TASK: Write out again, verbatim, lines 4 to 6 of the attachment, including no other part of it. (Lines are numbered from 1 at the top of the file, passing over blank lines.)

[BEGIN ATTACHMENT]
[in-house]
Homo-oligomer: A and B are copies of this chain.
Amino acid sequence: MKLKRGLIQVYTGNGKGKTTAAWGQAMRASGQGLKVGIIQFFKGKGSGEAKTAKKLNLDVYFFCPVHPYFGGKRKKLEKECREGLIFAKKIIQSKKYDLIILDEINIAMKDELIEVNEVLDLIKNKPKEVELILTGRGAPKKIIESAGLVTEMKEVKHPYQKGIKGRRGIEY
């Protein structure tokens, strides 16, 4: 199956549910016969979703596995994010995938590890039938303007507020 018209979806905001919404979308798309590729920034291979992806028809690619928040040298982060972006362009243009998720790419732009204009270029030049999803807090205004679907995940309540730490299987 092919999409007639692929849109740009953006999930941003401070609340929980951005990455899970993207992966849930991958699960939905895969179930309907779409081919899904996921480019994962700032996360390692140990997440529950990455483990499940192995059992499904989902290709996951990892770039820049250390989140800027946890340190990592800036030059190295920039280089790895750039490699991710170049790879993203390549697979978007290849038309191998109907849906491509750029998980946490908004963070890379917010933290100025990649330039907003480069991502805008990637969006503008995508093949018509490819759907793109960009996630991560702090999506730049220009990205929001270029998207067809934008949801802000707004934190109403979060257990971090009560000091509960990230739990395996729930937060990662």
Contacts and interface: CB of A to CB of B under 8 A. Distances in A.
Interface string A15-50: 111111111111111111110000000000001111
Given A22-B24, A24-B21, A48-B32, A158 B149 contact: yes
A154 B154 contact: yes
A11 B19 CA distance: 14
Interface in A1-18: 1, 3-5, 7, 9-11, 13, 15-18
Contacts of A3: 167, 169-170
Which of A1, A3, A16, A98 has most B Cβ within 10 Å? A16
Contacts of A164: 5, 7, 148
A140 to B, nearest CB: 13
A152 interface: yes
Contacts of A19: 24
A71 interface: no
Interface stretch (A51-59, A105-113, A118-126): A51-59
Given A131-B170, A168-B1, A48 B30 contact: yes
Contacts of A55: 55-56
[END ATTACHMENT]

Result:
């Protein structure tokens, strides 16, 4: 199956549910016969979703596995994010995938590890039938303007507020 018209979806905001919404979308798309590729920034291979992806028809690619928040040298982060972006362009243009998720790419732009204009270029030049999803807090205004679907995940309540730490299987 092919999409007639692929849109740009953006999930941003401070609340929980951005990455899970993207992966849930991958699960939905895969179930309907779409081919899904996921480019994962700032996360390692140990997440529950990455483990499940192995059992499904989902290709996951990892770039820049250390989140800027946890340190990592800036030059190295920039280089790895750039490699991710170049790879993203390549697979978007290849038309191998109907849906491509750029998980946490908004963070890379917010933290100025990649330039907003480069991502805008990637969006503008995508093949018509490819759907793109960009996630991560702090999506730049220009990205929001270029998207067809934008949801802000707004934190109403979060257990971090009560000091509960990230739990395996729930937060990662």
Contacts and interface: CB of A to CB of B under 8 A. Distances in A.
Interface string A15-50: 111111111111111111110000000000001111